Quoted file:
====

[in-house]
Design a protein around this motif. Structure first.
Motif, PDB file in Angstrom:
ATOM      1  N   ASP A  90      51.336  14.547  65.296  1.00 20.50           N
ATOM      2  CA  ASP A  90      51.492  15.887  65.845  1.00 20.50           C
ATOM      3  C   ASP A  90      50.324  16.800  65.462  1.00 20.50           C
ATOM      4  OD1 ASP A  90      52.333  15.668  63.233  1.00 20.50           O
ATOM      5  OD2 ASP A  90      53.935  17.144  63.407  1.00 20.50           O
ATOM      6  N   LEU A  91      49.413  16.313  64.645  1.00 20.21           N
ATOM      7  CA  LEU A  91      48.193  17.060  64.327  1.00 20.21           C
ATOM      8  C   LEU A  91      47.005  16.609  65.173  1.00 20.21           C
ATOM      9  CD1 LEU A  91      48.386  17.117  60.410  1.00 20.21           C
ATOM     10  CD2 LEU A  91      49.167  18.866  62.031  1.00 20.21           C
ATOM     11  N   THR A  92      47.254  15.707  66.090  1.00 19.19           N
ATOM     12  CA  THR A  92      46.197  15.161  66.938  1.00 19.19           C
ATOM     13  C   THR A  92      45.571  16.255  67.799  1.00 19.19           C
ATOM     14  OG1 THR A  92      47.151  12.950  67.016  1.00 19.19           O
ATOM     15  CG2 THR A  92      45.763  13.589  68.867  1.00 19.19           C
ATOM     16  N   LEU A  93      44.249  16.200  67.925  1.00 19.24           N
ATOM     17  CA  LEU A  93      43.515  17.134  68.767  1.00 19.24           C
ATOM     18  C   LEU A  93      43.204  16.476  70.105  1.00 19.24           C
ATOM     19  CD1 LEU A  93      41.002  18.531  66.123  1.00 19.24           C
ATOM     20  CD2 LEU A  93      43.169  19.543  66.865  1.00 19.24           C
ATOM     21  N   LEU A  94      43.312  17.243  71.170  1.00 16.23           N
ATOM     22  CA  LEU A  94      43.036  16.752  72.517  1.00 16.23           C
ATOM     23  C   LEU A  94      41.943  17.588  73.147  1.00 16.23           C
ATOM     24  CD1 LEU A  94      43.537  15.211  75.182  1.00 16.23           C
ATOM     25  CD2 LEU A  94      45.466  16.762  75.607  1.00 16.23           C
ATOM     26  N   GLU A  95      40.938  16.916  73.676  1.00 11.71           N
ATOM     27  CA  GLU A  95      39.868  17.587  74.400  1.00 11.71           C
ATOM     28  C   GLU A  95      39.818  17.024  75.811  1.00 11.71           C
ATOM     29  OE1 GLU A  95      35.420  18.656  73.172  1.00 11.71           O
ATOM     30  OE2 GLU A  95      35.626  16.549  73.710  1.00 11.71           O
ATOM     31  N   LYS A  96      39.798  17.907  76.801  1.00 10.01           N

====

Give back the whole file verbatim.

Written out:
[in-house]
Design a protein around this motif. Structure first.
Motif, PDB file in Angstrom:
ATOM      1  N   ASP A  90      51.336  14.547  65.296  1.00 20.50           N
ATOM      2  CA  ASP A  90      51.492  15.887  65.845  1.00 20.50           C
ATOM      3  C   ASP A  90      50.324  16.800  65.462  1.00 20.50           C
ATOM      4  OD1 ASP A  90      52.333  15.668  63.233  1.00 20.50           O
ATOM      5  OD2 ASP A  90      53.935  17.144  63.407  1.00 20.50           O
ATOM      6  N   LEU A  91      49.413  16.313  64.645  1.00 20.21           N
ATOM      7  CA  LEU A  91      48.193  17.060  64.327  1.00 20.21           C
ATOM      8  C   LEU A  91      47.005  16.609  65.173  1.00 20.21           C
ATOM      9  CD1 LEU A  91      48.386  17.117  60.410  1.00 20.21           C
ATOM     10  CD2 LEU A  91      49.167  18.866  62.031  1.00 20.21           C
ATOM     11  N   THR A  92      47.254  15.707  66.090  1.00 19.19           N
ATOM     12  CA  THR A  92      46.197  15.161  66.938  1.00 19.19           C
ATOM     13  C   THR A  92      45.571  16.255  67.799  1.00 19.19           C
ATOM     14  OG1 THR A  92      47.151  12.950  67.016  1.00 19.19           O
ATOM     15  CG2 THR A  92      45.763  13.589  68.867  1.00 19.19           C
ATOM     16  N   LEU A  93      44.249  16.200  67.925  1.00 19.24           N
ATOM     17  CA  LEU A  93      43.515  17.134  68.767  1.00 19.24           C
ATOM     18  C   LEU A  93      43.204  16.476  70.105  1.00 19.24           C
ATOM     19  CD1 LEU A  93      41.002  18.531  66.123  1.00 19.24           C
ATOM     20  CD2 LEU A  93      43.169  19.543  66.865  1.00 19.24           C
ATOM     21  N   LEU A  94      43.312  17.243  71.170  1.00 16.23           N
ATOM     22  CA  LEU A  94      43.036  16.752  72.517  1.00 16.23           C
ATOM     23  C   LEU A  94      41.943  17.588  73.147  1.00 16.23           C
ATOM     24  CD1 LEU A  94      43.537  15.211  75.182  1.00 16.23           C
ATOM     25  CD2 LEU A  94      45.466  16.762  75.607  1.00 16.23           C
ATOM     26  N   GLU A  95      40.938  16.916  73.676  1.00 11.71           N
ATOM     27  CA  GLU A  95      39.868  17.587  74.400  1.00 11.71           C
ATOM     28  C   GLU A  95      39.818  17.024  75.811  1.00 11.71           C
ATOM     29  OE1 GLU A  95      35.420  18.656  73.172  1.00 11.71           O
ATOM     30  OE2 GLU A  95      35.626  16.549  73.710  1.00 11.71           O
ATOM     31  N   LYS A  96      39.798  17.907  76.801  1.00 10.01           N